Have you ever written a shopping list for the upcoming weeks groceries and then forgot to bring it with you to the store? If so, you will know how difficult it is to remember everything that was on the list. The same is true when we have to remember significant amounts of information for an exam or a test.
For children with special needs; remembering all of the steps to a skill such as washing their hands or following a daily schedule can be a similar challenge.
The good news is that there is an evidence-based tool called a “task analysis” that we can use to break any complex tasks into a sequence of smaller steps or actions to help our children learn and become more independent.
Task analyses can take on many forms depending on how your child learns.
The examples below show written lists for how to complete tooth brushing:
If you are working with children who can read and understand directions, you can use a task analysis that has a lot of detail, such as this example for doing laundry.
If your child is unable to read, task analyses can be made using just picture cards or actual photographs to illustrate the steps of a skill. These examples following a morning routine, riding in the car and using a stapler:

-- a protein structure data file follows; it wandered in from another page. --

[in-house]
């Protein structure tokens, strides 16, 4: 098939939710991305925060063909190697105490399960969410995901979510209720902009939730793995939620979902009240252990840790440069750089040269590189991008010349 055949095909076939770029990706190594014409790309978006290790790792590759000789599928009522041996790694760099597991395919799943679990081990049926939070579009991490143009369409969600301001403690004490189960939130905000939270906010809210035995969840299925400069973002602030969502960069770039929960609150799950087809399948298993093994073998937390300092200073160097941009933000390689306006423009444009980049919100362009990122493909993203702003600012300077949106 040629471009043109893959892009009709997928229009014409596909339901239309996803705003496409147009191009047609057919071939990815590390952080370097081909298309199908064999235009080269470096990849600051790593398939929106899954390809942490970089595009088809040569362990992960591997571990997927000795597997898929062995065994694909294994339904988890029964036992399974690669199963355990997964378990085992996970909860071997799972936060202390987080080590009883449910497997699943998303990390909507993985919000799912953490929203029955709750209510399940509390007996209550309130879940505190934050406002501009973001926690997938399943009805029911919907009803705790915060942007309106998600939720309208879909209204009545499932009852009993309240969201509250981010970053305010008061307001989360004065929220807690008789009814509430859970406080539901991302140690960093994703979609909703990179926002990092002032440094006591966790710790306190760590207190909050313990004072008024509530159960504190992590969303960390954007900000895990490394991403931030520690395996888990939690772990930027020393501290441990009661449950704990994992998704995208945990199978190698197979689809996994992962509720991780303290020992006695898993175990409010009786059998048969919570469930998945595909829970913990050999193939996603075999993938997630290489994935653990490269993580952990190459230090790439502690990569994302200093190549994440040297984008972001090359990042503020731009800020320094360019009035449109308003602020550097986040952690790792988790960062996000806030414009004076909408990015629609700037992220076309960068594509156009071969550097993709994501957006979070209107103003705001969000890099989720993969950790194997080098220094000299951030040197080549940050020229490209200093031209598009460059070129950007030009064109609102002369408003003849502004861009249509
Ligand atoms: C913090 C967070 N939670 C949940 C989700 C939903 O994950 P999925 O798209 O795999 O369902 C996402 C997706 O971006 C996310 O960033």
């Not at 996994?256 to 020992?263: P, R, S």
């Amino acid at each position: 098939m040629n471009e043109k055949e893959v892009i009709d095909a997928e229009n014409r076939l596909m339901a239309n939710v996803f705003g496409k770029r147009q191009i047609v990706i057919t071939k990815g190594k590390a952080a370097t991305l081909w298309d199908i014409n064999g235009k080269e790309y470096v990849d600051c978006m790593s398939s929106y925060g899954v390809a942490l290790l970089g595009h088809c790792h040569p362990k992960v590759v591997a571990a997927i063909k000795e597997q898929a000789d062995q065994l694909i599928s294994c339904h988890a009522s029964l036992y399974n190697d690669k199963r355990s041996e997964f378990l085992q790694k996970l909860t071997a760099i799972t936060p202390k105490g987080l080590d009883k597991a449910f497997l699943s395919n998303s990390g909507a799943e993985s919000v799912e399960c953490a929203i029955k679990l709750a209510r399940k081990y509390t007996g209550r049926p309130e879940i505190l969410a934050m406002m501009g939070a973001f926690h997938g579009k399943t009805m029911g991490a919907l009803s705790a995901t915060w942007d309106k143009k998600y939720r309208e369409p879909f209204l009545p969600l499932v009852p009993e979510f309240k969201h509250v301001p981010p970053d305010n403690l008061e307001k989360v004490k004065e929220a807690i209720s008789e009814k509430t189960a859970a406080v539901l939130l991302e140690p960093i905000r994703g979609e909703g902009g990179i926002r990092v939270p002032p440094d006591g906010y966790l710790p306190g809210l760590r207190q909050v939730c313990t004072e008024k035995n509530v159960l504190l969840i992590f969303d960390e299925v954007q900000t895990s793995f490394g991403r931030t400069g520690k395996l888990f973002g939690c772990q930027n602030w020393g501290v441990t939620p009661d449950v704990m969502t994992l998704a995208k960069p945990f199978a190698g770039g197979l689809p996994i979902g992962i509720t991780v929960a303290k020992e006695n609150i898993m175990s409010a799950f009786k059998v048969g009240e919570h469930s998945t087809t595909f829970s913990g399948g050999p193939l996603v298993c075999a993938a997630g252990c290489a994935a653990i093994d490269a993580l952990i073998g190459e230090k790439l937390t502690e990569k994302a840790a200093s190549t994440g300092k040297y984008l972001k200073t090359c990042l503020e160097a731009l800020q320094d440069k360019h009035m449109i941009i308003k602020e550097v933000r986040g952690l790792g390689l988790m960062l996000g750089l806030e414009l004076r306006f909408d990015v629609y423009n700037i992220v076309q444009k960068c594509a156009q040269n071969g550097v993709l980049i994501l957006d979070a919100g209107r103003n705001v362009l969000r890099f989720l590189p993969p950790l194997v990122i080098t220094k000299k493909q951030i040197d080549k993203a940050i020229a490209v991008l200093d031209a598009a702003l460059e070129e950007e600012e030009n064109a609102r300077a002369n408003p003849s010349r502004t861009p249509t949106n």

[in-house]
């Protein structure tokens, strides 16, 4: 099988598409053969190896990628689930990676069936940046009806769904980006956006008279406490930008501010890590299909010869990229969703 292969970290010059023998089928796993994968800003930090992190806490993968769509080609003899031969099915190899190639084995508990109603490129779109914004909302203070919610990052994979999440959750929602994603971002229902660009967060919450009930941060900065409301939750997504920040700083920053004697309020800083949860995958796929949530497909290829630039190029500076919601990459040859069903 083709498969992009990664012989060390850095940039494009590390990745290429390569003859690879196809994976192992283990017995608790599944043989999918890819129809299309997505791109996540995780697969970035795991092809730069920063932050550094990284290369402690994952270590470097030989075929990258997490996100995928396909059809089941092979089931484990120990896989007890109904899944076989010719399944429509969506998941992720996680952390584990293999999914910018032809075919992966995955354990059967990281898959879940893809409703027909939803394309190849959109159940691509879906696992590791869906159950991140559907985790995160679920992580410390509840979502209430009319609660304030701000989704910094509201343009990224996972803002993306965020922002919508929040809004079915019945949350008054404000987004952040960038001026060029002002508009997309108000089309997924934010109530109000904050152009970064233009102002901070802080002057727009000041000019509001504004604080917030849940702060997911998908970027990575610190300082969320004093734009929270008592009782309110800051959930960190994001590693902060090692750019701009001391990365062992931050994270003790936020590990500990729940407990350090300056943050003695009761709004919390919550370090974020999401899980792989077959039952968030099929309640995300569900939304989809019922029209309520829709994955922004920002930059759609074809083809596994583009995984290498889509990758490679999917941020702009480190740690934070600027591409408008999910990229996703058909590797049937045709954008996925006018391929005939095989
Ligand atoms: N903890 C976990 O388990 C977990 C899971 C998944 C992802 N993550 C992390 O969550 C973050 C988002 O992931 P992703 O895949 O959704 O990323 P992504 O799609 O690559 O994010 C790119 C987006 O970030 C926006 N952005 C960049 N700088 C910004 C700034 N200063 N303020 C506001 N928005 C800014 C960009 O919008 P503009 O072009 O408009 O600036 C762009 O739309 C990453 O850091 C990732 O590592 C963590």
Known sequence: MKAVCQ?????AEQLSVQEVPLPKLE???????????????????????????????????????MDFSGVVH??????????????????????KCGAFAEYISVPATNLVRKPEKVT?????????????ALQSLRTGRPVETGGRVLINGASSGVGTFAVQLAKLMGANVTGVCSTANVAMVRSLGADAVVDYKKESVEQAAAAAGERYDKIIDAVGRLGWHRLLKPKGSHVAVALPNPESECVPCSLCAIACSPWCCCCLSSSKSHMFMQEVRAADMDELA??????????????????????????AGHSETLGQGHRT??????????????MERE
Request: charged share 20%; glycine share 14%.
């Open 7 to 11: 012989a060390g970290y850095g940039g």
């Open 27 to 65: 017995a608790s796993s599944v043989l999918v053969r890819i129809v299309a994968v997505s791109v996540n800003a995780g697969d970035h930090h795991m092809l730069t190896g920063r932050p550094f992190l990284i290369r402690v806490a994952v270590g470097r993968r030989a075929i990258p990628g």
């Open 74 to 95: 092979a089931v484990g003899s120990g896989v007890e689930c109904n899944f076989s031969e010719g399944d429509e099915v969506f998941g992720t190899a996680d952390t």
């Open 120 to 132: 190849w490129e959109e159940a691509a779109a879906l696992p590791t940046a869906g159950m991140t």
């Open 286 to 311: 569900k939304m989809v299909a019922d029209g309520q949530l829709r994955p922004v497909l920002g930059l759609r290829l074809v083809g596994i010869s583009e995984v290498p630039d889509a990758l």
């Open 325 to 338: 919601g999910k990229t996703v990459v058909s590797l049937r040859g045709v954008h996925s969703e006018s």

How do I create a Task Analysis?
Here are the steps to take to create a task analysis to help your child:
- Physically complete all of the steps of the skill yourself
- Do the skill again and write down each step as you do it
- Compile all the steps into a sequence using words, pictures or both that your child will be able to understand and use to help them learn
There is no set number of steps to a skill. Some children will require the skill broken down into many small steps to be able to be successful, others may require less steps. You can decide how many steps will be needed for your child to learn.
How do I know if my child is learning?
You can observe your child to see if they are making progress, however having a little bit of data will show you exactly how fast your child is progressing and which steps are being mastered, as well as which steps may need more learning attention. To take data, you would note if the child completed each step correctly (independently) or incorrectly (needed help). Here is an example for a simple data collection sheet for getting dressed:
|Describe Step||Did the child complete independently?
(Yes or No)
|Step 1||Take off PJ’s||Yes|
|Step 2||Put on underwear||Yes|
|Step 3||Put on pants||Yes|
|Step 4||Put on shirt||No|
|Step 5||Put on socks||No|
|Step 6||Put on shoes||No|
For more resources and information about using a task analysis:
The tools every district needs to design, deliver and monitor evidence-based practices in special education. (2015). Retrieved March 10, 2017, from http://www.rethinkfirst.com/
Developing Life Skills: How to Teach A Skill. (n.d.). Retrieved March 10, 2017, from http://www.tacanow.org/family-resources/developing-lifeskills-how-to-teach-a-skill/
Printable Picture Cards. (n.d.). Retrieved March 10, 2017, from http://www.do2learn.com/picturecards/printcards/index.htm
Says, R., Says, C., Says, J., & Says, D. W. (2015, August 27). What You Need to Know About Task Analysis and Why You Should Use It. Retrieved March 10, 2017, from http://www.autismclassroomresources.com/what-you-need-to-know-about-task-analysis-and-why-you-should-use-it/